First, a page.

Saygus CEO Chad Leon who touted a revolutionary smartphone for several years but failed to produce one has been now charged by the US Attorney’s office in Utah with allegations of fraud. Chad Leon Sayers solicited as many as around 300 investors to invest $10 million in Saygus and promised them “imminent billion-dollar success”.
However, instead of using the funds, he raised to create the promised smartphone, he used those for personal expenses and debts and paid older investors with funds he raised from newer ones. The US Attorney’s office in Utah called the whole thing “Ponzi-like.”
It is estimated that approximately, Sayers spent $2.17 million of the money raised on office rent, around $800,000 of the funds to settle other lawsuits, around $500,000 on legal fees, around $145,000 on shopping, entertainment, and personal care, and around $30,000 on his personal credit card.
According to the US Attorney’s office, Sayers began soliciting the funds in 2006 and used emails, social media, and investor newsletters to persuade people to invest in the phone and provide “updates” about the phone’s launch.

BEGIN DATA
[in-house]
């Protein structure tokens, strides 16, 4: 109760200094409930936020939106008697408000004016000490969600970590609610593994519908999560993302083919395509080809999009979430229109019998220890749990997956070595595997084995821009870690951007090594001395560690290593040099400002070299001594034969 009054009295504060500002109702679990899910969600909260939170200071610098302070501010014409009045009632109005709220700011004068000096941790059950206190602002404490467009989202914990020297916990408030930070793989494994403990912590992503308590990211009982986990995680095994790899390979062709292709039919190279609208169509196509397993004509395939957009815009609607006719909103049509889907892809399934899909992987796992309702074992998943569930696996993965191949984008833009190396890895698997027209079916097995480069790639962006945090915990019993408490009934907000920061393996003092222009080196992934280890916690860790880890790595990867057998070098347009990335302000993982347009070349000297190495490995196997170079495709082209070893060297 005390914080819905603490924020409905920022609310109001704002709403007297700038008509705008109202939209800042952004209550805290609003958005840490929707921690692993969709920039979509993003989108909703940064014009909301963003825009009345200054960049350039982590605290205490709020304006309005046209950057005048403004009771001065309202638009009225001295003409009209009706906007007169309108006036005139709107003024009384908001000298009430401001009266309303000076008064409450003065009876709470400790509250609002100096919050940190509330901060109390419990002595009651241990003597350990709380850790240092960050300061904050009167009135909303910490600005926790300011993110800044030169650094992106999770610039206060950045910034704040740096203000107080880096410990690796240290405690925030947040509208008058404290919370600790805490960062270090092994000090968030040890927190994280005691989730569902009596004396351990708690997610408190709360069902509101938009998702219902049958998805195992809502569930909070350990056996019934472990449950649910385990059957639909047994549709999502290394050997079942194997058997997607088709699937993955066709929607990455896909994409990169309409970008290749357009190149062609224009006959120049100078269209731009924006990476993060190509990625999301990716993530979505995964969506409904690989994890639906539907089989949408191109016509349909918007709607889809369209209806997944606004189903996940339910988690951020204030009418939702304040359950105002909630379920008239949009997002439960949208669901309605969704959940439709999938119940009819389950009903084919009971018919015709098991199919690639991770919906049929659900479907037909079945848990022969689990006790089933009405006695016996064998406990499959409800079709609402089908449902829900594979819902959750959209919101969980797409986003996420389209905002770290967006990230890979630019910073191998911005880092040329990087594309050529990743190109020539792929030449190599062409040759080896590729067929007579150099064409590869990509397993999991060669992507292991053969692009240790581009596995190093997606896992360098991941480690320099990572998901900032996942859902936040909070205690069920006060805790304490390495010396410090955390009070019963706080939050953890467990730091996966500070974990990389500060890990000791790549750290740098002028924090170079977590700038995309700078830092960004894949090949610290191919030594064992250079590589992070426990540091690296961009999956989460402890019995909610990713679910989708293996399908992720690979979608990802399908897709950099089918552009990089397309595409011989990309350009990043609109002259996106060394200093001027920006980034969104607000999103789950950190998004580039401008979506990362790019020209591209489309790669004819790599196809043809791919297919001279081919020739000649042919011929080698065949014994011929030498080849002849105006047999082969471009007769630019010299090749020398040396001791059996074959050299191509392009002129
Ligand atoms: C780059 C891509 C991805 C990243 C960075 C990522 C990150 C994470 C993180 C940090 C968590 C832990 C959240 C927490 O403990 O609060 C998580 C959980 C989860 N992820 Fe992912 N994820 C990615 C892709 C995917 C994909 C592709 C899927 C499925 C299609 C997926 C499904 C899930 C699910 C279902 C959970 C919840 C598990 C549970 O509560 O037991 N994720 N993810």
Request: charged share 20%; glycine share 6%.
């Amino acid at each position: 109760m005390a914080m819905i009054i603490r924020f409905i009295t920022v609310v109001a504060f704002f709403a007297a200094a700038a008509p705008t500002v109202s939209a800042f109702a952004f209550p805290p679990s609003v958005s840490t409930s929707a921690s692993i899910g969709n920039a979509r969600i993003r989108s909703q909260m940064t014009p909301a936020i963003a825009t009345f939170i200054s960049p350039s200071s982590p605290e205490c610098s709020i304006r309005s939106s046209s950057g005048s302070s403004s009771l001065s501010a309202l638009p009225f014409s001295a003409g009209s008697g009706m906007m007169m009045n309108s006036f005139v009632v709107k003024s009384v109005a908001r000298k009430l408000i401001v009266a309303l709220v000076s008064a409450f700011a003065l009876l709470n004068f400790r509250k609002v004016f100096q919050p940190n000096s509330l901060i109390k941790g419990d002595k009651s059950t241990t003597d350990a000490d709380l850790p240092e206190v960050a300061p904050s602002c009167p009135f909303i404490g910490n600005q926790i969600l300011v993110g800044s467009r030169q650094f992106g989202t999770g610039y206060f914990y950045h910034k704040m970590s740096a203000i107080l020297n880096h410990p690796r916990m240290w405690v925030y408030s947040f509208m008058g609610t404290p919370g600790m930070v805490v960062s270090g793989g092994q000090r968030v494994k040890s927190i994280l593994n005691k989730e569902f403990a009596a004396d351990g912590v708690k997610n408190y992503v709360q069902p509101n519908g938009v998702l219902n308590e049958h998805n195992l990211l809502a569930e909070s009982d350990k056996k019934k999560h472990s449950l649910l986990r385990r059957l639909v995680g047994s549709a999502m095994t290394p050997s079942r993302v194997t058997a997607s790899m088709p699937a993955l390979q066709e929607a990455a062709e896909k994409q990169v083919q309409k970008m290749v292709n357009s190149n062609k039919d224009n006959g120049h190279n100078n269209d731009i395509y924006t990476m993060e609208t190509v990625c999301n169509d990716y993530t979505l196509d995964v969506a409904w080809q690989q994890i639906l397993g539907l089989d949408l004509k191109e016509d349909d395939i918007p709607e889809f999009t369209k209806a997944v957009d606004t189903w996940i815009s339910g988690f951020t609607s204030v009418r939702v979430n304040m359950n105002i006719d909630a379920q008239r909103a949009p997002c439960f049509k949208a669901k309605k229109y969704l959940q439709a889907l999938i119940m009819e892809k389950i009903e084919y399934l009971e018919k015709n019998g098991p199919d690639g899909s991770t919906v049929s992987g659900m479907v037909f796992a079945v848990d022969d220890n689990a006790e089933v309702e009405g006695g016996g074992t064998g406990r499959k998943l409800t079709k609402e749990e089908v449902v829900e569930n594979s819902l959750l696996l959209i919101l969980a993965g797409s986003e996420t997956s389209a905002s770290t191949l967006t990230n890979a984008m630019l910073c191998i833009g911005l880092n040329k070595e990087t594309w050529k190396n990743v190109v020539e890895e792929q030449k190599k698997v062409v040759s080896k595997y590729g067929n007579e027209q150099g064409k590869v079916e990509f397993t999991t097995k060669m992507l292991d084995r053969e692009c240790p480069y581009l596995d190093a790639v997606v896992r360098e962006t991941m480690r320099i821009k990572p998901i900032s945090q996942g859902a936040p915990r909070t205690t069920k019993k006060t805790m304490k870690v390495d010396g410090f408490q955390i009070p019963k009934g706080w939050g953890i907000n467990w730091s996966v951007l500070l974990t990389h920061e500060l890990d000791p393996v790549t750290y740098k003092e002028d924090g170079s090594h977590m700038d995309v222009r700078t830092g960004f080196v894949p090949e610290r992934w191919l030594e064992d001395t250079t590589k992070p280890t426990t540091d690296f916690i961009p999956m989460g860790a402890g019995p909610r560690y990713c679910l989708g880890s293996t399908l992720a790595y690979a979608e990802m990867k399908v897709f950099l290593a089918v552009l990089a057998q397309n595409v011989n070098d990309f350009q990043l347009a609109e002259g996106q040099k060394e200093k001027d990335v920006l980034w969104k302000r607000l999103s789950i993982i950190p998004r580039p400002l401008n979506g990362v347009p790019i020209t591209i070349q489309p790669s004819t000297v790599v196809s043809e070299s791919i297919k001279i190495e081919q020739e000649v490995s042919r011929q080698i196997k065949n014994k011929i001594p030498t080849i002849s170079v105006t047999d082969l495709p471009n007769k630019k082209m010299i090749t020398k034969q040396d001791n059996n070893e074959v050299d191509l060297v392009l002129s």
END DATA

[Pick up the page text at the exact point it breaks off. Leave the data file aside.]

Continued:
Back in 2009, Saygus touted its first VPhone called Saygus V2 with a sliding keyboard. The Saygus V2 was advertised with a 5 inch 1080p display, a 2.5 GHz quad core Snapdragon processor, a 3 GB RAM, and Android 4.4.4 KitKat.
Saygus said the phone has been specially designed for media junkies. Other features include up to 320 GB of storage, 64 GB internal storage with two MicroSDXC slots, a 21 megapixels rear, a 13 megapixel front camera, Harman Kardon speakers, a biometric fingerprint scanner, built-in Wireless Qi charging, and last but not the least, root access for developers.
The said phone never came into existence in reality. Online blogs like Android Police kept a close eye on the Saygus saga for several years and their archives have many of the twists and turns of this very weird story. A jury trial has been scheduled for 30th august for Sayers.